Norway’s teenage jihadis held against their will

The two Norwegian-Somali teenaged sisters who travelled to Syria to aid the civil war effort are now being held against their will and are desperate to return home, the girls' father has told state broadcaster NRK.

Norway's teenage jihadis held against their will
The mother of Amar Ateek, 19, of the rebel Free Syria Army (FSA) mourns during his funeral in Anadan, north Syria, on April 21, 2012 - Freedom House
"They want to return to Norway, and they regret what they have done," he said. 
The father, who travelled to Turkey this month to find his daughters before they reach the front line, was contacted by his daughters, who are 19 and 16 years old, over the social networking site Facebook on Tuesday night.
He said the two girls were now in Syria, although they could not tell him how they had crossed the border. 
He said that the rebels fighters from the Free Syrian Army had offered to take him into Syria and help him find his daughters.
"I am willing to go into Syria anytime, preferably as soon as possible," he said. 
Frode Andersen, a spokesman for Norway's foreign ministry said he they had so far not been informed of the alleged kidnapping. 
"If it's true that there are now concerns of a kidnapping, and that they are being held against their will in Syria, this is of course a very serious matter," he said.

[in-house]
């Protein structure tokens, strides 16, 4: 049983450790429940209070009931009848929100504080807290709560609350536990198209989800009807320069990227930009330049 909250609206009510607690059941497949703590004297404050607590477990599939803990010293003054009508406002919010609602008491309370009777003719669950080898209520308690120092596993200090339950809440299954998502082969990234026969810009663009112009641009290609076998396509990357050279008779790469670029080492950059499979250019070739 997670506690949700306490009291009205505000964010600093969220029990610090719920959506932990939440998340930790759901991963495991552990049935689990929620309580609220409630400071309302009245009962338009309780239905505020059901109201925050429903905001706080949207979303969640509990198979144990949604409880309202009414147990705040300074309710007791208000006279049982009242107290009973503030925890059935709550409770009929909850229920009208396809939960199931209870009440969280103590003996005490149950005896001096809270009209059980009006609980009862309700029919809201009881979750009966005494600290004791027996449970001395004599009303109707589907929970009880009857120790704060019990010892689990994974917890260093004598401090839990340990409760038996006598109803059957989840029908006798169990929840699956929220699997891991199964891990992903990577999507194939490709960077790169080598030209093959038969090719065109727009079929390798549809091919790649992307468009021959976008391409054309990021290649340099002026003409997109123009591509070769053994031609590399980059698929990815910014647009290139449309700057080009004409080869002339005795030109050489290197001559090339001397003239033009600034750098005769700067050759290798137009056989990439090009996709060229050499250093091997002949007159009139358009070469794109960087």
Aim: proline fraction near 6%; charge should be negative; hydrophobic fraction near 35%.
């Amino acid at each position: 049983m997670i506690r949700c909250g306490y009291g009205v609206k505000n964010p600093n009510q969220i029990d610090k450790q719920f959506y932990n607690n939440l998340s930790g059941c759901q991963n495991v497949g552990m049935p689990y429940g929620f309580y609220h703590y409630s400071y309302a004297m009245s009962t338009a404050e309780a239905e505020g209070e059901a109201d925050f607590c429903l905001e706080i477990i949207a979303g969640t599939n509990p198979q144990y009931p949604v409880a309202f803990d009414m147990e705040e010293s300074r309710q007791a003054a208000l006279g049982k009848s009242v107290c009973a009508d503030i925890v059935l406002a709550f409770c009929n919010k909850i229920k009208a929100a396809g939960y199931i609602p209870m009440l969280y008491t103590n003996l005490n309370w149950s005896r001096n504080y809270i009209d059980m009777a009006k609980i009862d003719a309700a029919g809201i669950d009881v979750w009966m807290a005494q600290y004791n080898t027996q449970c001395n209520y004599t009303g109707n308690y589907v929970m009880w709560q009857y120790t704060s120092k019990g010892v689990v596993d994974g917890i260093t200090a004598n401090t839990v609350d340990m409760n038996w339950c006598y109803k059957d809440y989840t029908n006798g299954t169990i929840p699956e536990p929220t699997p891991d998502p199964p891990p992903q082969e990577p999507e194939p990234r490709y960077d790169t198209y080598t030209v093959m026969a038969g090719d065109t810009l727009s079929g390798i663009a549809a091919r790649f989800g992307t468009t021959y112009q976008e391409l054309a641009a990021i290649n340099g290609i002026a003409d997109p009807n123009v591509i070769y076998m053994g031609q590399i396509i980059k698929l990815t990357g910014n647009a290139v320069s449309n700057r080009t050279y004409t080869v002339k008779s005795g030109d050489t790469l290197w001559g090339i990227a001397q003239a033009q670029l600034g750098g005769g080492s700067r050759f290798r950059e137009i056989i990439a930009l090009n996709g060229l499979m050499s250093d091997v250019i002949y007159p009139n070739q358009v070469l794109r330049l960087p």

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Nato ally Norway suspends new arms exports to Turkey

Norway, a Nato ally of Turkey, announced Thursday it was suspending all new arms exports to the country after Ankara launched a military offensive against Kurdish forces in northern Syria.

Nato ally Norway suspends new arms exports to Turkey
Smoke rising from the Syrian town of Tal Abyad on October 10th. Photo: AFP

“Given that the situation is complex and changing quickly, the foreign ministry as a precautionary measure will not handle any new demands for exports of defence material or material for multiple uses… to Turkey,” Norwegian Foreign Minister Ine Eriksen Søreide said in an email sent to AFP.

She added that the ministry would also review all licenses for arms exportation that have already been issued.

Syria's Kurds, who were the West's allies in the fight against Islamic State group jihadists, were battling Thursday to hold off a Turkish invasion as thousands of civilians fled air strikes and shelling that deepened fears of a humanitarian crisis and raised international alarm.

Finland, which is not a member of the Nato alliance, announced on Wednesday the suspension of all new arms exports to Turkey or any other country involved in the fighting.

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